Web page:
Argentine Pass  
USGS 7.5' Map: Grays Peak, Montezuma
Difficulty: Number: Miles: Altitude: Obstacles: Time:
Moderate 5 FR724 2.13 11,600 to 13,207 ft. Ledge Road - 1 1-2 hours
County: Clear Creek
Adopted by: Rising Sun 4WD Club P.O. Box 260175
Lakewood, CO 80226-0175
Managed by: Arapaho/Roosevelt National Forest,
Clear Creek Ranger District
101 Chicago Creek
Idaho Springs, CO 80452
Summary: Argentine Pass is an old wagon road that went from Waldorf over the Continental Divide to Horseshoe Basin and then on to Keystone. Only the eastern side is drivable.
Attractions: Ghost Town, Mining History, Scenic

Natural - Closed by heavy snows
Best Time: June - Early season. Could still have snow blocking the road
July - Best time
August - Best time
September - Best time
October - Snow may block the upper part of the road
Argentine Pass Trail (west side)
Camping: Dispersed camping is available before the ghost town of Waldorf. The road up to Argentine Pass does not offer any sites.
Base Camp: Base camping east of the ghost town of Waldorf would give you a good location to explore the other 4WD roads in the Leavenworth Creek drainage.
Fall Colors: Average - Most of the fall color viewed from the Argentine Pass road would be of the surrounding mountain valleys.
Navigation: To reach the Argentine Pass 4WD road you will need to drive the Waldorf 4WD road that starts off of the Guanella Pass road. From I-70 take exit 228 for Georgetown. Take 15th Street to Argentine Street, turn right (west) on Argentine Street. Follow Argentine Street for 0.3 miles to 11th Street. Turn left and follow 11th Street to Rose Street. Turn right on Rose Street and go 0.5 miles to 2nd Street. Turn left on 2nd Street and climb the switchbacks following County Road 381, the Guanella Pass Road. Go 2.5 miles and take the right turn onto County Road 352, the Leavenworth Creek Road. It will be at a turn on another set of switchbacks. There is a large pull off there. Follow the Leavenworth Creek road to the ghost town of Waldorf. Continue on through Waldorf to the west to start the Argentine Pass 4WD road.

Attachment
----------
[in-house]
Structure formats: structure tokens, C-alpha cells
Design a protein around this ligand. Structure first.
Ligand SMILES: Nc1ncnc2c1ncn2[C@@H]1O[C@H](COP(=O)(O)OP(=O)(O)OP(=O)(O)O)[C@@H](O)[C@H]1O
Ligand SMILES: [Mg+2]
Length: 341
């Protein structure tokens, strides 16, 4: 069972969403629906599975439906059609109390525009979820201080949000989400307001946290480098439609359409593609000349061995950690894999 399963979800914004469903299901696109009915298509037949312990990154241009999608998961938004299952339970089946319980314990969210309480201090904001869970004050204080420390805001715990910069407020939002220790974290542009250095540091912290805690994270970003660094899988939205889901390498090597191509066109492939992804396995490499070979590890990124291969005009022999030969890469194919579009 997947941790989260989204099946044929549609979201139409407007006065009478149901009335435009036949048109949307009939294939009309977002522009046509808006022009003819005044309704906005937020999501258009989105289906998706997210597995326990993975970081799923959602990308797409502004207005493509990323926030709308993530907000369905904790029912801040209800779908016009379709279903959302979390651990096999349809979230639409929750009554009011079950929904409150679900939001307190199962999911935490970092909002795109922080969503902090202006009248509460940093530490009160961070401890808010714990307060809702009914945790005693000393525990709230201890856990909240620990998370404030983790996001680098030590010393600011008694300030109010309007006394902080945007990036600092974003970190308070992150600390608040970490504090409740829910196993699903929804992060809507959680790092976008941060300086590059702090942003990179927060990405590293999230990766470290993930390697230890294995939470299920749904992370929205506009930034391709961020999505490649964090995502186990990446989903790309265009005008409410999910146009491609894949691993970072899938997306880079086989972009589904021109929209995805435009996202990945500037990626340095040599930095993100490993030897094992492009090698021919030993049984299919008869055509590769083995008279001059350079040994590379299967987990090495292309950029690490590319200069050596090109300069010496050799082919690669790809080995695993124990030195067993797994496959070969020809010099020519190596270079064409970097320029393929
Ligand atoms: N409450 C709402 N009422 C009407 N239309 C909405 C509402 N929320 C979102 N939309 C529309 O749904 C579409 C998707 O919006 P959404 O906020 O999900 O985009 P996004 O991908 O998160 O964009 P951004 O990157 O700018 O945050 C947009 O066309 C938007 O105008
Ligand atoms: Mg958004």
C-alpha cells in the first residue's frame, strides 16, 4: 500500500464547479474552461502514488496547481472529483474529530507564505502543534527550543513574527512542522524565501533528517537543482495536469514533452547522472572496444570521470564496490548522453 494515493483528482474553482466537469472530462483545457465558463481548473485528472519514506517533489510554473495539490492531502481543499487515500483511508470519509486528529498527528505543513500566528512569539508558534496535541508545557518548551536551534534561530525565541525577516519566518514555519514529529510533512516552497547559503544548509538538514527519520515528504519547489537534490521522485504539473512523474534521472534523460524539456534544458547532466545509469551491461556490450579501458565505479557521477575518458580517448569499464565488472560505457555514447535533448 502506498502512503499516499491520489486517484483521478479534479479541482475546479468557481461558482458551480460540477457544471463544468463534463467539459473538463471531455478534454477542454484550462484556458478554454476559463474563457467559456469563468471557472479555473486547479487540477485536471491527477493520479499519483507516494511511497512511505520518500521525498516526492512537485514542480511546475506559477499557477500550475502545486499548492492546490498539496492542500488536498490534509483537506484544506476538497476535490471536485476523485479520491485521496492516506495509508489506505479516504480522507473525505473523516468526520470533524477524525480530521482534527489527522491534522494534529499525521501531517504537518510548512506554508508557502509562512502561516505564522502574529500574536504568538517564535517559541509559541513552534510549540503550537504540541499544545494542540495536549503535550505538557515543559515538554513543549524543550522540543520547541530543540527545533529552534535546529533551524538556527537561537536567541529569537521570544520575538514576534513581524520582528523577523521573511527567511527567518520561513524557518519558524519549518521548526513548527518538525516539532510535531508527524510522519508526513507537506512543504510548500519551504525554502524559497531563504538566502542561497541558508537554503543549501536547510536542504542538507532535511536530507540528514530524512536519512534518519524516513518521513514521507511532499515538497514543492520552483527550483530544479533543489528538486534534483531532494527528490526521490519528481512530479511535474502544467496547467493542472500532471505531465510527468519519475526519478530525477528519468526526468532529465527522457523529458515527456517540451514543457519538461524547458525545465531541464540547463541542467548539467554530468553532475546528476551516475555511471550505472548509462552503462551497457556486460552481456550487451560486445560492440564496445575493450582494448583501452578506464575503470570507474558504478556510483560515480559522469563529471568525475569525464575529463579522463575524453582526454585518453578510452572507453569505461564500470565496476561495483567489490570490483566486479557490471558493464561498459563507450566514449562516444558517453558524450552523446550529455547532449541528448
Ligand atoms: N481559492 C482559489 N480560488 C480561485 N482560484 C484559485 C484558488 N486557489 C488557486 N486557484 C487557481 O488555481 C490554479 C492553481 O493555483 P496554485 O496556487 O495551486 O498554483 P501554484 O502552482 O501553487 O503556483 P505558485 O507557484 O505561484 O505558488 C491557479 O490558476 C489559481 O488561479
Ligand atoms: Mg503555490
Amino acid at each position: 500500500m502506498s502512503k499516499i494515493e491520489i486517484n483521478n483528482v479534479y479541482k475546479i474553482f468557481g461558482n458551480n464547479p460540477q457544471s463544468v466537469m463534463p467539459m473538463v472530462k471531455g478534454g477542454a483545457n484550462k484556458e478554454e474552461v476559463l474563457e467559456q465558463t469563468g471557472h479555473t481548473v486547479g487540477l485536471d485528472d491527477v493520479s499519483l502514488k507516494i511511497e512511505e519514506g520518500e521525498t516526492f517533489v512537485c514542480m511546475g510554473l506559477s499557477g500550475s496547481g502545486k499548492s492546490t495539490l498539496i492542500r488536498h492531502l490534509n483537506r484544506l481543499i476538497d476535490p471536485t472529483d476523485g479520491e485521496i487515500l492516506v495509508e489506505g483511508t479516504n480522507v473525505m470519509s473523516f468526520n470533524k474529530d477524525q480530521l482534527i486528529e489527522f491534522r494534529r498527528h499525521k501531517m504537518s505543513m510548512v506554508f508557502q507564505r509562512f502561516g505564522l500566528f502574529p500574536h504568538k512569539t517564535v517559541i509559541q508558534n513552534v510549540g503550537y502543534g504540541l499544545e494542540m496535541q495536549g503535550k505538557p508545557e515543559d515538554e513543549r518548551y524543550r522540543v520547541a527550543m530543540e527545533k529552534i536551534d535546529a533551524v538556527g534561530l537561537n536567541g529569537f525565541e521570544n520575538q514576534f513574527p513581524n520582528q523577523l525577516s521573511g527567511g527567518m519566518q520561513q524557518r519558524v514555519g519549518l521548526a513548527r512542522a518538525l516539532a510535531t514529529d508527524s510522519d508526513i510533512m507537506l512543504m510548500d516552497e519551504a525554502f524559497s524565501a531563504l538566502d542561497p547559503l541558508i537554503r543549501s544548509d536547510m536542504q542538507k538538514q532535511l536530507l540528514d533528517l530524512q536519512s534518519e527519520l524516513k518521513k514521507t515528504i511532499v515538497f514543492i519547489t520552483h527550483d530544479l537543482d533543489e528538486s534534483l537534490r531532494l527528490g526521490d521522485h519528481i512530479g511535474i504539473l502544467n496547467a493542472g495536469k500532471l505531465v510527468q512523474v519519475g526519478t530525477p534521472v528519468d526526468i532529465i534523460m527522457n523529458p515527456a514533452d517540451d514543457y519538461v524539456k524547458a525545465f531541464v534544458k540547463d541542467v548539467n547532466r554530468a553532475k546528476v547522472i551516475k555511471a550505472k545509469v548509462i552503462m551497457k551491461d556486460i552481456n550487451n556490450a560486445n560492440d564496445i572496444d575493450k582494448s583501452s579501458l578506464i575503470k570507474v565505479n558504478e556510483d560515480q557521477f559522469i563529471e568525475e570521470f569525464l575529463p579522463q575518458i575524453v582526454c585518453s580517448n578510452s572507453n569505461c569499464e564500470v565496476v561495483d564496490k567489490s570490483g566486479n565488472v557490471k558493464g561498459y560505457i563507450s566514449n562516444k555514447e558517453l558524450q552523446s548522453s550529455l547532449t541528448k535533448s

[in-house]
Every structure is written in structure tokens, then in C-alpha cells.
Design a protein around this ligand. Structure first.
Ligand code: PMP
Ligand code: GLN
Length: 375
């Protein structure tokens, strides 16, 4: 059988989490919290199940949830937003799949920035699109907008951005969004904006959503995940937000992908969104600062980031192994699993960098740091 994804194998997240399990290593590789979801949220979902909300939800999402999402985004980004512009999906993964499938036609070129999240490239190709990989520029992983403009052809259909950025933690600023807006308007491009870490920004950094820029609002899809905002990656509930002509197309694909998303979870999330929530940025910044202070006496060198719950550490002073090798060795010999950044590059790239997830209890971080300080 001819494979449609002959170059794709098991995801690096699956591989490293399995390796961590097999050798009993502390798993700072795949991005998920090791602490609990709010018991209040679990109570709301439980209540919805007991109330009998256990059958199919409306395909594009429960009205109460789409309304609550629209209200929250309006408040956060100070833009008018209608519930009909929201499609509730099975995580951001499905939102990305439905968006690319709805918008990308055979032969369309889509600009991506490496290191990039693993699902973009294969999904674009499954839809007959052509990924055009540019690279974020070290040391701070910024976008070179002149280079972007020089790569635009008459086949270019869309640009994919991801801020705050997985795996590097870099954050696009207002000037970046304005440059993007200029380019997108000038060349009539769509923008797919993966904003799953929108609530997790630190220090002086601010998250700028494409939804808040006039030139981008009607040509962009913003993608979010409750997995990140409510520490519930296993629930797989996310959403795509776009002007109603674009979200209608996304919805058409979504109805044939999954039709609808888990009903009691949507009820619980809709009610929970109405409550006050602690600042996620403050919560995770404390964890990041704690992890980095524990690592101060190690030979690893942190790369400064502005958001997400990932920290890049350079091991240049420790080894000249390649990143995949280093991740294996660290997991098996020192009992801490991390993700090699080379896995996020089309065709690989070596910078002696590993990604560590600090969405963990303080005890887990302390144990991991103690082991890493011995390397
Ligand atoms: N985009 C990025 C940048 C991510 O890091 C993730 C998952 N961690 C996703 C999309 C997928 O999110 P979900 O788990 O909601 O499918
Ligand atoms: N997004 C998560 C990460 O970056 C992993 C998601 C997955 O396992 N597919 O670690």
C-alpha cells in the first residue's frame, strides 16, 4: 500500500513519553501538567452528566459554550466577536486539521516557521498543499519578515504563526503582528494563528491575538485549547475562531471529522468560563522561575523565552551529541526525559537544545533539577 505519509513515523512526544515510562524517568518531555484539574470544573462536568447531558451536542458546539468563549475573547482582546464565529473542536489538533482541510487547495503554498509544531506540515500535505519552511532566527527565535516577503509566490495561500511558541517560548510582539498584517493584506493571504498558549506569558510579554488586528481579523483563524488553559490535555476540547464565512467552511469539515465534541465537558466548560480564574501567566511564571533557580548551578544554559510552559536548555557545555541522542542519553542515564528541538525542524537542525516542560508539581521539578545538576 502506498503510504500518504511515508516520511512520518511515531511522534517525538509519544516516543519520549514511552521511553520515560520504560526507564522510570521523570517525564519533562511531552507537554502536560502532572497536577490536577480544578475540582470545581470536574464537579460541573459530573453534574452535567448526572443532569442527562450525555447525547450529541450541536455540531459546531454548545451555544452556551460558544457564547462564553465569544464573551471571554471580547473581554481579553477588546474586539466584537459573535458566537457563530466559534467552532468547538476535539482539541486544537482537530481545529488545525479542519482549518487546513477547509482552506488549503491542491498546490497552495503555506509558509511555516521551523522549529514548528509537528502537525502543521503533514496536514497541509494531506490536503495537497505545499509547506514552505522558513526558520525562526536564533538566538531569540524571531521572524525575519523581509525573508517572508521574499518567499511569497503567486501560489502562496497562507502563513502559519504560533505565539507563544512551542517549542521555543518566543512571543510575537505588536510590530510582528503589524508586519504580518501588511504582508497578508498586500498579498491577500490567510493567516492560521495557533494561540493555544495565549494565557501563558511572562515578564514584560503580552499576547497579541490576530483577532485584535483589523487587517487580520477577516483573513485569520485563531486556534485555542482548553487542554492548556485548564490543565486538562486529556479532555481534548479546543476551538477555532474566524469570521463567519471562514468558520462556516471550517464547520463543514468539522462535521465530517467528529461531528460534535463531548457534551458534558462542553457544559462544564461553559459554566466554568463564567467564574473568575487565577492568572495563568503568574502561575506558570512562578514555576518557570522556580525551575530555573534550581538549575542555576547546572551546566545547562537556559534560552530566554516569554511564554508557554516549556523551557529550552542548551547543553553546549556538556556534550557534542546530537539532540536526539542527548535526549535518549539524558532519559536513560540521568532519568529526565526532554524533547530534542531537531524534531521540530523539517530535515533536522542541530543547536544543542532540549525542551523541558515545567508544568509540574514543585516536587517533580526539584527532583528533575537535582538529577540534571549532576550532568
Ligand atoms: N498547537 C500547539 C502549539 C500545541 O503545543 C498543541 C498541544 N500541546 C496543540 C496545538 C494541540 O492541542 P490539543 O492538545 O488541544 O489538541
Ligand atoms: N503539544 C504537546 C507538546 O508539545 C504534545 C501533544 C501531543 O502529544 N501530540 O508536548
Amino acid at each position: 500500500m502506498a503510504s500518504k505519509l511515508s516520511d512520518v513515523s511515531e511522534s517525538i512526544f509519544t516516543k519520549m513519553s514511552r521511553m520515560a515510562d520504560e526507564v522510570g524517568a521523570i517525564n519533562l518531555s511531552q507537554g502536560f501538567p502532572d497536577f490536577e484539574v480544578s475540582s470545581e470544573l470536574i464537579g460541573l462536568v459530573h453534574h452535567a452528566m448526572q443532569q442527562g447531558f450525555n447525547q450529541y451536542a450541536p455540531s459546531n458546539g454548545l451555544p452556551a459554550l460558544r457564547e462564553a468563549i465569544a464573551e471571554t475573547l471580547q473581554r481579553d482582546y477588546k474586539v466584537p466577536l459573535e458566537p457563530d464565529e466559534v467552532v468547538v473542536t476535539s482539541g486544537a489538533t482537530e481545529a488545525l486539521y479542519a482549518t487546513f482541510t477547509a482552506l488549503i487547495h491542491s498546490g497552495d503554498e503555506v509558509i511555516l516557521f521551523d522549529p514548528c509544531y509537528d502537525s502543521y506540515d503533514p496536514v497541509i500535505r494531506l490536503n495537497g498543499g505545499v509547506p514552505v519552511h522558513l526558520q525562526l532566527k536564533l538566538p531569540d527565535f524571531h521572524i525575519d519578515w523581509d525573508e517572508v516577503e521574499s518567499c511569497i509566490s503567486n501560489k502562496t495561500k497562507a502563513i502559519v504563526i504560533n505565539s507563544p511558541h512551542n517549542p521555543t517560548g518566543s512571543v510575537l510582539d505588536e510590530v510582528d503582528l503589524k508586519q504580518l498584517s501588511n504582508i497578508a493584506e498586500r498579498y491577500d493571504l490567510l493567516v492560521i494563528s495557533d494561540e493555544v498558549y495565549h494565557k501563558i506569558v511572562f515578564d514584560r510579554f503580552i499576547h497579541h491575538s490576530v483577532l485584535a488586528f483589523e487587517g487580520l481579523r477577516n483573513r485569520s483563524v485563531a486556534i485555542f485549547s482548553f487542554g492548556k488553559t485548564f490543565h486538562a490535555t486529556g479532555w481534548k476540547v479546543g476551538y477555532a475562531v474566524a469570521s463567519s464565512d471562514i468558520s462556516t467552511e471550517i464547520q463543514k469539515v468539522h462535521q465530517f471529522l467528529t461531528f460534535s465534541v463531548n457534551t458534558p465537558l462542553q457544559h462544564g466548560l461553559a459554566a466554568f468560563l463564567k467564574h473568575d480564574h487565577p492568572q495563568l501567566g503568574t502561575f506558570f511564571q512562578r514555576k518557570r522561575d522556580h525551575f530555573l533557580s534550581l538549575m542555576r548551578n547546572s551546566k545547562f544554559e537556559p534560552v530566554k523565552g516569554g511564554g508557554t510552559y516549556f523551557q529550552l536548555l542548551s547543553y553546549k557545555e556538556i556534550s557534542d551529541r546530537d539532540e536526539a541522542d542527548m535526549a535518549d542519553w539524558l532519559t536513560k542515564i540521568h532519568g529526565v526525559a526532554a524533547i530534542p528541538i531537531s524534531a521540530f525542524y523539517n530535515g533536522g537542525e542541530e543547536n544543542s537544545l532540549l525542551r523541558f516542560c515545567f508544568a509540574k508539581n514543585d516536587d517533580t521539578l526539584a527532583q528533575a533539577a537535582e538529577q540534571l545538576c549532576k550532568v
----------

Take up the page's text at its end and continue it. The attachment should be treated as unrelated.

History: The need for a pass over the towering continental divide west of Georgetown was the rich gold and silver deposits in the Peru Creek and Snake River basins. In 1862 the Territorial Assembly chartered the Empire City, New Pass, Breckenridge and Montezuma City Road Company to contruct a road over "New Pass". The road never got started. Later this "New Pass" or Sanderson Pass, named after a family that ran a stagecoach over the pass, was constructed. On September 14, 1864, James Huff discovered silver near Argentine Pass. This began the rush to Georgetown and the creation of the Argentine Mining District.

In 1867 "Commodore" Stephen Decatur and the Georgetown and Snake River Wagon Road Company started upgrading the route to be a toll road. In 1869 when the road opened freight wagons for the local mines and passenger stages used the road. Later, in the 1870s, the pass was named Snake River Pass for the river to the west of the pass.

Once the Argentine Mining District became known for its production of Gold and Silver the pass was renamed Argentine Pass. The Latin name for Silver is 'Argent'. Because of the narrowness and steepness of the road wagon accidents caused a few deaths. Wind, snow, and rock slides frequently closed the pass. Both sides of the pass were sites of heavy mining activity, the Waldorf area on the east side and the Decatur and Chihuahua area on the west side.
Argentine Pass 4WD road starts just past the mine tailings west of the main part of Waldorf.
Argentine Pass road heading west from Waldorf.
It is numbered FR724.1. This is a combined road with FR248.1.
Tailings at Waldorf from Argentine Pass road.
Just past the mine tailings FR724.1 will head left to another mine. Continue on the 4WD road straight ahead signed FR248.1.
Argentine Pass reaches 13,207 feet. To the south is Argentine Peak at 13,738 feet.
Argentine Pass.
There is plenty of parking at the top of the pass, though early fall snow storms can eliminate the view.

Over the pass to the west is the faint trail of the western half of Argentine Pass. This was once a stage road. Over time the rocks have filled the cut back in leaving only a faint outline of the stage road. Below is Peru Creek and the mines of Horseshoe Basin.
Argentine Pass, view of Peru Creek.
From the top of the pass it is rumored that you can see 1/6th of the state of Colorado.
Argentine Pass, view to the west.

Data updated: January 27, 2013        4WD Road driven: September 8, 2003        Copyright - 2000-2013